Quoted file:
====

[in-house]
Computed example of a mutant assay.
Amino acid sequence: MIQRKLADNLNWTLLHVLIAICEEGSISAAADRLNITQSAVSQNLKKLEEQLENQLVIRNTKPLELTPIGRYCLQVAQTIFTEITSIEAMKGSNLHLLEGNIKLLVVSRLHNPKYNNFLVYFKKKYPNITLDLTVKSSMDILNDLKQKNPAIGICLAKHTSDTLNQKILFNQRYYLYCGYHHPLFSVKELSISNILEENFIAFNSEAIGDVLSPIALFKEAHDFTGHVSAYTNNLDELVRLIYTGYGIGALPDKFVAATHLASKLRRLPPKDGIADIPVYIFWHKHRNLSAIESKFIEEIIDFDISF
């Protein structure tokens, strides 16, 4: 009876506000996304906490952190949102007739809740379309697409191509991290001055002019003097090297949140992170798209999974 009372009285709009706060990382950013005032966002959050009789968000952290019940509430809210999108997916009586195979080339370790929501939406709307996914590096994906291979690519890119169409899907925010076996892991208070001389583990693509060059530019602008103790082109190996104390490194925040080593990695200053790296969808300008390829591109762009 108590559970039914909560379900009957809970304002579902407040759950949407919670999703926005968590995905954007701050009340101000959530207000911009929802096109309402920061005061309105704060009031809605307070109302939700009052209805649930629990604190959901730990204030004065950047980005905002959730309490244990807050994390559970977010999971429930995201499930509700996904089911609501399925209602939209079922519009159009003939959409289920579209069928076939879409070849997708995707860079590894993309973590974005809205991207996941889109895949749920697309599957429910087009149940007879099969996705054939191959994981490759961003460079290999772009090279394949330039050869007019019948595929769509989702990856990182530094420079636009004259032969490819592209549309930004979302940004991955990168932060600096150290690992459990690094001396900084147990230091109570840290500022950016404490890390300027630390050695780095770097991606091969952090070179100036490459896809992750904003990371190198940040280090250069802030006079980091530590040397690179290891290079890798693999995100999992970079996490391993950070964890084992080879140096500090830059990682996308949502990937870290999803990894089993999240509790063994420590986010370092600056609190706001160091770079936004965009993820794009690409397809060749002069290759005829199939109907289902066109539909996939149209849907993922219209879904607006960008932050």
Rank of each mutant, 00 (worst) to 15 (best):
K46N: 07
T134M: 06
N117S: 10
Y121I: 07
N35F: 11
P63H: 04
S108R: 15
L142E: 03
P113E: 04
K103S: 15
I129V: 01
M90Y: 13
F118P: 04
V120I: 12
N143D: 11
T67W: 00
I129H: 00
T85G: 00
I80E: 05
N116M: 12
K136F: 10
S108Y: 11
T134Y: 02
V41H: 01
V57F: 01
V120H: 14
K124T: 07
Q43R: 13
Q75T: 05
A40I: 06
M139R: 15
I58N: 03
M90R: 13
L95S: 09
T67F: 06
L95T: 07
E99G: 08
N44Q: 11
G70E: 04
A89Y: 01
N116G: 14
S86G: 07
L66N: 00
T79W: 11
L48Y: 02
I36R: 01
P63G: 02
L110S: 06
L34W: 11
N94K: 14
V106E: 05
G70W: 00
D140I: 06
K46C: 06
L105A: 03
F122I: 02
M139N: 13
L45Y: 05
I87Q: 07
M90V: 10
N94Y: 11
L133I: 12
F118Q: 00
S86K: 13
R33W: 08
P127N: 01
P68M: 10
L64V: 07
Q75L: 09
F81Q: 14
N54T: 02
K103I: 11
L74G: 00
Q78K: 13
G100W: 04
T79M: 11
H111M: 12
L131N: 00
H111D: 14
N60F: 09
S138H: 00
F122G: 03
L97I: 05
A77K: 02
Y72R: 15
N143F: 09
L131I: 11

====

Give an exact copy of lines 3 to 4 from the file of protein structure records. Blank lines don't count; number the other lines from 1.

Amino acid sequence: MIQRKLADNLNWTLLHVLIAICEEGSISAAADRLNITQSAVSQNLKKLEEQLENQLVIRNTKPLELTPIGRYCLQVAQTIFTEITSIEAMKGSNLHLLEGNIKLLVVSRLHNPKYNNFLVYFKKKYPNITLDLTVKSSMDILNDLKQKNPAIGICLAKHTSDTLNQKILFNQRYYLYCGYHHPLFSVKELSISNILEENFIAFNSEAIGDVLSPIALFKEAHDFTGHVSAYTNNLDELVRLIYTGYGIGALPDKFVAATHLASKLRRLPPKDGIADIPVYIFWHKHRNLSAIESKFIEEIIDFDISF
């Protein structure tokens, strides 16, 4: 009876506000996304906490952190949102007739809740379309697409191509991290001055002019003097090297949140992170798209999974 009372009285709009706060990382950013005032966002959050009789968000952290019940509430809210999108997916009586195979080339370790929501939406709307996914590096994906291979690519890119169409899907925010076996892991208070001389583990693509060059530019602008103790082109190996104390490194925040080593990695200053790296969808300008390829591109762009 108590559970039914909560379900009957809970304002579902407040759950949407919670999703926005968590995905954007701050009340101000959530207000911009929802096109309402920061005061309105704060009031809605307070109302939700009052209805649930629990604190959901730990204030004065950047980005905002959730309490244990807050994390559970977010999971429930995201499930509700996904089911609501399925209602939209079922519009159009003939959409289920579209069928076939879409070849997708995707860079590894993309973590974005809205991207996941889109895949749920697309599957429910087009149940007879099969996705054939191959994981490759961003460079290999772009090279394949330039050869007019019948595929769509989702990856990182530094420079636009004259032969490819592209549309930004979302940004991955990168932060600096150290690992459990690094001396900084147990230091109570840290500022950016404490890390300027630390050695780095770097991606091969952090070179100036490459896809992750904003990371190198940040280090250069802030006079980091530590040397690179290891290079890798693999995100999992970079996490391993950070964890084992080879140096500090830059990682996308949502990937870290999803990894089993999240509790063994420590986010370092600056609190706001160091770079936004965009993820794009690409397809060749002069290759005829199939109907289902066109539909996939149209849907993922219209879904607006960008932050």